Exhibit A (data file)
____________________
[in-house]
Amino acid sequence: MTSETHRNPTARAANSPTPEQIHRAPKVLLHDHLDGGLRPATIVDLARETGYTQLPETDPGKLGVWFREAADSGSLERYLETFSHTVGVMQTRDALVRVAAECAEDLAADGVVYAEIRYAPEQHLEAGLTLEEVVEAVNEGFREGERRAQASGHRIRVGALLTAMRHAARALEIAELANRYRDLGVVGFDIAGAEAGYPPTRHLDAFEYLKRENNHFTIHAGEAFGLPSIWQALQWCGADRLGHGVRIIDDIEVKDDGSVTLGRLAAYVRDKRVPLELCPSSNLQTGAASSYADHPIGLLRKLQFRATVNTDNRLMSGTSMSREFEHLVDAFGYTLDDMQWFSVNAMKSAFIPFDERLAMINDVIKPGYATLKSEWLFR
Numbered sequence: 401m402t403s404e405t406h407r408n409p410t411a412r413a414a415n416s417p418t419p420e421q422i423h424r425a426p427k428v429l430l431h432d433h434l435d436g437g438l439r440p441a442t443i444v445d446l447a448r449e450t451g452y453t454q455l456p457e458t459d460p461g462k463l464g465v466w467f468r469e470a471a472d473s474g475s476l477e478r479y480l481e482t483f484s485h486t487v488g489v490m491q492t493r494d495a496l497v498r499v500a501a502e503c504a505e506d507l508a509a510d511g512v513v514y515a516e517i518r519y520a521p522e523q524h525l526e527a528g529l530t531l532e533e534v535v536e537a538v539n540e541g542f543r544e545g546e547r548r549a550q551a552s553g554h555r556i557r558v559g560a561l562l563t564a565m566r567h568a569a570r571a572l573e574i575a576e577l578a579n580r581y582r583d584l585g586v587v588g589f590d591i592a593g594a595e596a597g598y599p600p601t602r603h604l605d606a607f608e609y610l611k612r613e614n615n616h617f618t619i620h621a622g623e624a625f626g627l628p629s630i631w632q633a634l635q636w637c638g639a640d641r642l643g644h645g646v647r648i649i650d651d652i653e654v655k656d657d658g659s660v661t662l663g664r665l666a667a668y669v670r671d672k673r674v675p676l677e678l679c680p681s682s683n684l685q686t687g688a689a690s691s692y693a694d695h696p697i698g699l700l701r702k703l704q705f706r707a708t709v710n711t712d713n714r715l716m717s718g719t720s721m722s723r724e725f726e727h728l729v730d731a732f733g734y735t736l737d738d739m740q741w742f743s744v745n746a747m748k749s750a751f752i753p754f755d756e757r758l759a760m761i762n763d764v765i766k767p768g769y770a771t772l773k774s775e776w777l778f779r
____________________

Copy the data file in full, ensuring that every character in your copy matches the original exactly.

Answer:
[in-house]
Amino acid sequence: MTSETHRNPTARAANSPTPEQIHRAPKVLLHDHLDGGLRPATIVDLARETGYTQLPETDPGKLGVWFREAADSGSLERYLETFSHTVGVMQTRDALVRVAAECAEDLAADGVVYAEIRYAPEQHLEAGLTLEEVVEAVNEGFREGERRAQASGHRIRVGALLTAMRHAARALEIAELANRYRDLGVVGFDIAGAEAGYPPTRHLDAFEYLKRENNHFTIHAGEAFGLPSIWQALQWCGADRLGHGVRIIDDIEVKDDGSVTLGRLAAYVRDKRVPLELCPSSNLQTGAASSYADHPIGLLRKLQFRATVNTDNRLMSGTSMSREFEHLVDAFGYTLDDMQWFSVNAMKSAFIPFDERLAMINDVIKPGYATLKSEWLFR
Numbered sequence: 401m402t403s404e405t406h407r408n409p410t411a412r413a414a415n416s417p418t419p420e421q422i423h424r425a426p427k428v429l430l431h432d433h434l435d436g437g438l439r440p441a442t443i444v445d446l447a448r449e450t451g452y453t454q455l456p457e458t459d460p461g462k463l464g465v466w467f468r469e470a471a472d473s474g475s476l477e478r479y480l481e482t483f484s485h486t487v488g489v490m491q492t493r494d495a496l497v498r499v500a501a502e503c504a505e506d507l508a509a510d511g512v513v514y515a516e517i518r519y520a521p522e523q524h525l526e527a528g529l530t531l532e533e534v535v536e537a538v539n540e541g542f543r544e545g546e547r548r549a550q551a552s553g554h555r556i557r558v559g560a561l562l563t564a565m566r567h568a569a570r571a572l573e574i575a576e577l578a579n580r581y582r583d584l585g586v587v588g589f590d591i592a593g594a595e596a597g598y599p600p601t602r603h604l605d606a607f608e609y610l611k612r613e614n615n616h617f618t619i620h621a622g623e624a625f626g627l628p629s630i631w632q633a634l635q636w637c638g639a640d641r642l643g644h645g646v647r648i649i650d651d652i653e654v655k656d657d658g659s660v661t662l663g664r665l666a667a668y669v670r671d672k673r674v675p676l677e678l679c680p681s682s683n684l685q686t687g688a689a690s691s692y693a694d695h696p697i698g699l700l701r702k703l704q705f706r707a708t709v710n711t712d713n714r715l716m717s718g719t720s721m722s723r724e725f726e727h728l729v730d731a732f733g734y735t736l737d738d739m740q741w742f743s744v745n746a747m748k749s750a751f752i753p754f755d756e757r758l759a760m761i762n763d764v765i766k767p768g769y770a771t772l773k774s775e776w777l778f779r